BitFlyer Bitcoin Exchange Gets $236,000 to Expand Overseas

BitFlyer Inc., a Japanese bitcoin exchange, raised 25 million yen ($236,000) from New York-based Bitcoin Opportunity Corp. to fund its overseas expansion.

The Tokyo-based exchange, which opened in April, plans to begin offerings abroad by the end of the year, according to its founder and chief executive officer Yuzo Kano. BitFlyer allows anyone with a Japanese bank account to buy and sell the coins, Japan’s first such service since Mt. Gox collapsed in February.

“Singapore is a likely target, although nothing has been decided yet,” Kano, a former Goldman Sachs Group Inc. trader, said in Oct. 9 telephone interview from Tokyo. “It will have to be somewhere favorable to bitcoin, so probably not the U.S.”

Japan’s ruling Liberal Democratic Party has taken a hands-off approach to the virtual currency which it sees aiding Prime Minister Shinzo Abe’s push to spur venture funding for innovation, a June report by the LDP’s special committee on IT strategy shows. That contrasts with restrictions in China, Thailand and Iceland, while U.S. Department of the Treasury guidance makes it difficult for exchanges to get custodial bank accounts to hold customer funds.

Kano, who heads the Japan Authority of Digital Asset industry group, last month accompanied the head of the LDP committee charged with regulation of the currency on a trip to San Francisco and Washington, D.C., where they met with legislators and bitcoin entrepreneurs. JADA is seeking to set security standards and personal identification guidelines for bitcoin trading in the Asian nation.

Singapore’s Rules

The Monetary Authority of Singapore said in March it plans to issue regulations requiring facilitators of virtual currency exchanges to verify the identities of customers and report suspicious transactions to the police. The rules won’t cover the “safety and soundness” of the intermediaries or the transactions, it said.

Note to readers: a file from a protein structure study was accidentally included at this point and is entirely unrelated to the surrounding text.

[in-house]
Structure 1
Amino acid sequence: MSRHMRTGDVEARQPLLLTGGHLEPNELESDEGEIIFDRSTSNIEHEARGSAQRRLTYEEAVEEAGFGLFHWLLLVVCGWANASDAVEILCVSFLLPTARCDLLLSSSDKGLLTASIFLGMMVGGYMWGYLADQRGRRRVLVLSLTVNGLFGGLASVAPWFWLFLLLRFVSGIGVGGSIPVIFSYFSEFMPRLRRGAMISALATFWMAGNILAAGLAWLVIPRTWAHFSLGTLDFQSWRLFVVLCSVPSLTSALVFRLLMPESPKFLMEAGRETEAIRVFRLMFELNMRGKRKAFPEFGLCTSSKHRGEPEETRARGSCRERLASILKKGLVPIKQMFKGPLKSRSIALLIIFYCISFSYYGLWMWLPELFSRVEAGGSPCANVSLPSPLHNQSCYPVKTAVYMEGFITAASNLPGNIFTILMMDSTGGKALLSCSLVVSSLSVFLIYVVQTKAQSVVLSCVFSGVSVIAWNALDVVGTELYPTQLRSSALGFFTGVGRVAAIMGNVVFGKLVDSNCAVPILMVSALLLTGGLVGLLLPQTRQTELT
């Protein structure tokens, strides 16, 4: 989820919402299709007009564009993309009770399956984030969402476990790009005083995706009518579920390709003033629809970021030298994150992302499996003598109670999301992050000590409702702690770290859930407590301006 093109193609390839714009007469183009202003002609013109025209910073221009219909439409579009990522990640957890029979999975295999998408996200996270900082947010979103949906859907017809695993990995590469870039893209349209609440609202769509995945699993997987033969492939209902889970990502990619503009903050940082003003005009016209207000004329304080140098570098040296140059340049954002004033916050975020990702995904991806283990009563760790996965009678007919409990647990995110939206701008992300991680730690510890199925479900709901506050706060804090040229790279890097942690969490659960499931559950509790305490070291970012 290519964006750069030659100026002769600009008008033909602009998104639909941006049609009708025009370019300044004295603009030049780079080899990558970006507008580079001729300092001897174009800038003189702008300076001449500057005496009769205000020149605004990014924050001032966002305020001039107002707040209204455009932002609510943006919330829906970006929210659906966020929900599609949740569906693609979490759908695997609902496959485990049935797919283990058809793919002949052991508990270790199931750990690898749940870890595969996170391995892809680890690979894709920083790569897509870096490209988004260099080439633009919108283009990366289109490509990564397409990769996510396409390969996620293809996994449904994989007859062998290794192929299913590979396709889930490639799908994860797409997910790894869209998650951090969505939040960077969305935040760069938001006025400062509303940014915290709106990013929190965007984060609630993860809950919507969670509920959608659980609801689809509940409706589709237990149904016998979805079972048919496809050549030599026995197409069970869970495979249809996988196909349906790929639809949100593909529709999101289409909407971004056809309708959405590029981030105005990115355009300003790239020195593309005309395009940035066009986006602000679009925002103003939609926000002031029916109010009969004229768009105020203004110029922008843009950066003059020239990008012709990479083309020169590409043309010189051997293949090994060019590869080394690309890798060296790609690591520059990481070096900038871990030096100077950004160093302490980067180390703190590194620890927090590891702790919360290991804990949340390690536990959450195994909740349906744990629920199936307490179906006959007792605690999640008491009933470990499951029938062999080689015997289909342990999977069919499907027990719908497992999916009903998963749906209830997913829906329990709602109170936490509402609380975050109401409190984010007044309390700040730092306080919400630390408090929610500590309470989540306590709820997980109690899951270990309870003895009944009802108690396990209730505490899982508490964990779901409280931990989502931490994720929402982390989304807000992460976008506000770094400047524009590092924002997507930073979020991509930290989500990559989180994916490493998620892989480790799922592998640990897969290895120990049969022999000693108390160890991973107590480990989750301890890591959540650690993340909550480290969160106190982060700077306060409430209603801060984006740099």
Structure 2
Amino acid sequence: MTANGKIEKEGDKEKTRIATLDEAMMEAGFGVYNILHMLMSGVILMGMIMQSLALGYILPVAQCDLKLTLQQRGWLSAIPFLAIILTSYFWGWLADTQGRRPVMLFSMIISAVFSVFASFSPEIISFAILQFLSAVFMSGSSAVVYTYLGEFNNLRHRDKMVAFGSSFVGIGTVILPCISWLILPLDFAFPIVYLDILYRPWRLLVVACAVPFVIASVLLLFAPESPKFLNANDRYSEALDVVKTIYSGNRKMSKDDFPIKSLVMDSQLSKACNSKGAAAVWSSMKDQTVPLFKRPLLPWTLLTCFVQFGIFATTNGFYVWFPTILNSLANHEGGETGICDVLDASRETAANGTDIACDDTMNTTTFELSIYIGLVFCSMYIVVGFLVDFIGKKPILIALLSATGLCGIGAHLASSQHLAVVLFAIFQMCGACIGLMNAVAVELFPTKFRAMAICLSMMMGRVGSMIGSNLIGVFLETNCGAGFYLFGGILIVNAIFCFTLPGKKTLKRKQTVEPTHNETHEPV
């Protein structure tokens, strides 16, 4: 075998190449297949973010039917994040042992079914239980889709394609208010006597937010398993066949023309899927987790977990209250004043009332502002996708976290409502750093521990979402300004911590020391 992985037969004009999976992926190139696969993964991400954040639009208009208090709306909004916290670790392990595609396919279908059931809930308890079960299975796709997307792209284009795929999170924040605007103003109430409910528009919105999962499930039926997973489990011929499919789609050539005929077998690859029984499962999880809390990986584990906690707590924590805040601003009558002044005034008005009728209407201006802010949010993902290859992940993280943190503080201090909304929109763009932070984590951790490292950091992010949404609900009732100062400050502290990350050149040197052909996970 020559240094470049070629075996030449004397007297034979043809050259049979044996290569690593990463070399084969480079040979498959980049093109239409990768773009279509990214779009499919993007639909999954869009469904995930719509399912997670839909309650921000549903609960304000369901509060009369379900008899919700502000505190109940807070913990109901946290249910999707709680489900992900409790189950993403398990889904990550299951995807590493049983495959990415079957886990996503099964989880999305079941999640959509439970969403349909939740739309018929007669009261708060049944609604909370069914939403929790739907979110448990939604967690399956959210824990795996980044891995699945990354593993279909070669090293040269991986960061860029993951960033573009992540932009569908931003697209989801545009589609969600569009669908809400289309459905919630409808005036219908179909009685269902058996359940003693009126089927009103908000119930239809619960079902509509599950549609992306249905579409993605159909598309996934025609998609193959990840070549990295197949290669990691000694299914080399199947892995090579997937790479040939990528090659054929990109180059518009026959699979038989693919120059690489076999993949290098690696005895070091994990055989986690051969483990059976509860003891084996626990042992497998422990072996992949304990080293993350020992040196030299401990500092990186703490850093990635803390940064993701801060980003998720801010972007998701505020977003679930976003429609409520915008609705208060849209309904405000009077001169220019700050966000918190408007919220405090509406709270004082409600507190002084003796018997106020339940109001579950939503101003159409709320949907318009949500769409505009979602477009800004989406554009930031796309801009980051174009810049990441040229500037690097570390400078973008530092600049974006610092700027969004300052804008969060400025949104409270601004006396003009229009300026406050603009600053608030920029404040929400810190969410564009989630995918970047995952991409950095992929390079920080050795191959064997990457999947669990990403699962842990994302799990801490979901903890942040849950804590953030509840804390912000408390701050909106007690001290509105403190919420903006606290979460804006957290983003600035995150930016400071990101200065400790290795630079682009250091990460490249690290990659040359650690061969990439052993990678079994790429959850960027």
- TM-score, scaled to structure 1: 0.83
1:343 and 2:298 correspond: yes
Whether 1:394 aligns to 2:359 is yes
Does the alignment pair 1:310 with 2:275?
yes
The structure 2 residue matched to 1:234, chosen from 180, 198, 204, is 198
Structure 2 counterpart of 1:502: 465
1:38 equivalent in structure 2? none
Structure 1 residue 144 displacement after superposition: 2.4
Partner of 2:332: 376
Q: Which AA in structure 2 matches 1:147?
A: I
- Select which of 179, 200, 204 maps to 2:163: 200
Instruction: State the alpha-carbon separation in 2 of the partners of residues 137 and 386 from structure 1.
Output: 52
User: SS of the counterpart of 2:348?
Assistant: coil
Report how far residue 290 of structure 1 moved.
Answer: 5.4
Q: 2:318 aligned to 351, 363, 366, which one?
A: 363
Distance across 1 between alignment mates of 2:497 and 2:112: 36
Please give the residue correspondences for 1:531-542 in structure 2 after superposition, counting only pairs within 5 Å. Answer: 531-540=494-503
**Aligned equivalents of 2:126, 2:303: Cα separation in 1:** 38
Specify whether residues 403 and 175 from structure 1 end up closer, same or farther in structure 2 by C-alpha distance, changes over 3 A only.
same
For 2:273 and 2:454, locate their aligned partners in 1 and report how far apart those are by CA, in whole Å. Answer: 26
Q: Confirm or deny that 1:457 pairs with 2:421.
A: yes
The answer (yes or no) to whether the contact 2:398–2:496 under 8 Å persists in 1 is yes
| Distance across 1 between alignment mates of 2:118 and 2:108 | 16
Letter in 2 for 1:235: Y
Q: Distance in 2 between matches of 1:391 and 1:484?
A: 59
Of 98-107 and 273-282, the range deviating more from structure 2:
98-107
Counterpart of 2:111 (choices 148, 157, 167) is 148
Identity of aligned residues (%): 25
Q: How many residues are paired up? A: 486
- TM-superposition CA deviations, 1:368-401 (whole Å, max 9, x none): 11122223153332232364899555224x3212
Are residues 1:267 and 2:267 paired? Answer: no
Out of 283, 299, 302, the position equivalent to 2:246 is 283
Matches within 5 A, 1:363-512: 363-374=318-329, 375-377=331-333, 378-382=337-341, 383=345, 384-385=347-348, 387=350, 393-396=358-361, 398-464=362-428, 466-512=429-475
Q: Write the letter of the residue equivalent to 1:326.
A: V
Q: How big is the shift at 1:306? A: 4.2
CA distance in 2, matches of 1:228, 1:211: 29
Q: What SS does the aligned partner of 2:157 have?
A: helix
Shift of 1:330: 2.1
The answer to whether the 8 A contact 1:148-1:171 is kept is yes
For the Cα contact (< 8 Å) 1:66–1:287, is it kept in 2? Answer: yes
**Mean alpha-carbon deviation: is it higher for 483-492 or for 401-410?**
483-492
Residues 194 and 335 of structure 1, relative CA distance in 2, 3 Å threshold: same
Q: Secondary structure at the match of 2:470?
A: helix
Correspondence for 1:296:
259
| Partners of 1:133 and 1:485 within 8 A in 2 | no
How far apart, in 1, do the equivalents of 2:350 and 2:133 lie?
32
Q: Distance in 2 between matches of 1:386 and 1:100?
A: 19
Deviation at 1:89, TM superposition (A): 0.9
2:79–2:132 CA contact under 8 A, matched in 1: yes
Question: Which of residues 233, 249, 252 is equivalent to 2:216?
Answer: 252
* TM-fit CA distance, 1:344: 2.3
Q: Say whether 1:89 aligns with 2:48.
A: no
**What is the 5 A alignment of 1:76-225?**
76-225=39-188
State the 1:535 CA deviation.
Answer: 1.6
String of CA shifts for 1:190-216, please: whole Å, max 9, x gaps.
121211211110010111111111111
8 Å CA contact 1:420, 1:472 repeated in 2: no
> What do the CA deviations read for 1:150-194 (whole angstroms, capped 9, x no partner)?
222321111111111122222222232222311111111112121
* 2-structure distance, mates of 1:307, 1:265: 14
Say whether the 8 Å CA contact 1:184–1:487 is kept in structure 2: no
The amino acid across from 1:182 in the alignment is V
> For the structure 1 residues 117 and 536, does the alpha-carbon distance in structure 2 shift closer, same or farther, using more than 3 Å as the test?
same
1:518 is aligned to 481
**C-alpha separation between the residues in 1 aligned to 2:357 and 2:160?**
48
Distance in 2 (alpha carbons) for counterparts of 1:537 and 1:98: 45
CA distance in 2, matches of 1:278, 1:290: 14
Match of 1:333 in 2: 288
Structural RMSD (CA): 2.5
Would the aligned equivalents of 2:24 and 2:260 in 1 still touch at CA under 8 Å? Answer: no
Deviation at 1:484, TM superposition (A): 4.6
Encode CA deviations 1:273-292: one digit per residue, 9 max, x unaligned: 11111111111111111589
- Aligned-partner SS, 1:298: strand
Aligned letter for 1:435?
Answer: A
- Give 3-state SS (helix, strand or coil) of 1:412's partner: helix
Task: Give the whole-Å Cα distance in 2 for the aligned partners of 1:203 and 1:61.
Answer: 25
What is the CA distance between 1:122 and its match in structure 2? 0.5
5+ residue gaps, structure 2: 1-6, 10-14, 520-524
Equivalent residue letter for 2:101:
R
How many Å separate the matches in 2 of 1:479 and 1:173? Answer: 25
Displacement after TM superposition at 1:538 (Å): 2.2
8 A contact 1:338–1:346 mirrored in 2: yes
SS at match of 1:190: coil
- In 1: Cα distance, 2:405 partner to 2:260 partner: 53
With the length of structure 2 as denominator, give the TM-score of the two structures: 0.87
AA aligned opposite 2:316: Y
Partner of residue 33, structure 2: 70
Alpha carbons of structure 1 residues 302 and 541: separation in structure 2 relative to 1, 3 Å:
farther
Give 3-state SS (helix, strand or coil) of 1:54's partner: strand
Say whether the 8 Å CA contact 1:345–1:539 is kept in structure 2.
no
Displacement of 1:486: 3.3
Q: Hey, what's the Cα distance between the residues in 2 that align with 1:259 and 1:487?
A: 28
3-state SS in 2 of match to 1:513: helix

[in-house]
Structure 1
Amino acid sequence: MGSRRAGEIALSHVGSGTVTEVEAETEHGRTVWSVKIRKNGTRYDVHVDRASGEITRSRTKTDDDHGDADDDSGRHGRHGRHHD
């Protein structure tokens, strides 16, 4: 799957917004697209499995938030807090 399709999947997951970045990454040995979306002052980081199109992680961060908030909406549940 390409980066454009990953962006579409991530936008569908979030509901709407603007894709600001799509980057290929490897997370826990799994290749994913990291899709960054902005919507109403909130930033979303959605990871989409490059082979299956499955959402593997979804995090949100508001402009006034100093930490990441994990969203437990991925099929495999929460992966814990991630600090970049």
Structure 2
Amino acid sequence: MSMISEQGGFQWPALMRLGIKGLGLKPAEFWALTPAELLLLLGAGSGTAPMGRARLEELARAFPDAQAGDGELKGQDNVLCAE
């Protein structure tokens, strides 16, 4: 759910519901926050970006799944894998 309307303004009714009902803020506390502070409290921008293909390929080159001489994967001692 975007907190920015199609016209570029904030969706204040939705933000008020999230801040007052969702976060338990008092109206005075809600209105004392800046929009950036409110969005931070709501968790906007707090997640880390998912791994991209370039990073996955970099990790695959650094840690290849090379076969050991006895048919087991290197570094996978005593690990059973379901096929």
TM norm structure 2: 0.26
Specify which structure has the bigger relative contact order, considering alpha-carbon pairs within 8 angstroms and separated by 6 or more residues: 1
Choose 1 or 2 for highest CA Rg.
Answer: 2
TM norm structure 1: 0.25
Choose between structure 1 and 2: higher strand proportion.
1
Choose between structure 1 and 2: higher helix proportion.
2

Mt. Gox, once the world’s largest exchange for digital-currency transactions, went offline in Tokyo on Feb. 25 after losing 850,000 bitcoins, then valued at about $473 million. The company later found 200,000 in an old-format digital wallet.

Bitcoin traded at $398.00 as of 10:21 a.m. in Tokyo today, according to Bitstamp data compiled by Bloomberg. While that’s up 43 percent from this year’s low of $278 on Oct. 5, it traded as high as $1,132 in December.

“Japan is way ahead of other countries when it comes to cooperation between bitcoin operators and regulators, which you don’t see in the U.S., Europe or Singapore,” Kano said.

U.S. Investor

Bitcoin Opportunity is a personal investment vehicle of Barry Silbert, who also heads New York-based brokerage SecondMarket Inc. The investments span more than 40 bitcoin companies including Coinbase, BitPay, Circle and Ripple Labs, Silbert said in an e-mailed answer to questions.

“While bitcoin awareness and adoption is probably a couple years behind the United States, I’m highly confident that Japan will be a large market for bitcoin given the tech savvy, financially sophisticated population,” Silbert said. “We are in the early days of bitcoin and it will likely take at least five years for mass global consumer adoption.”

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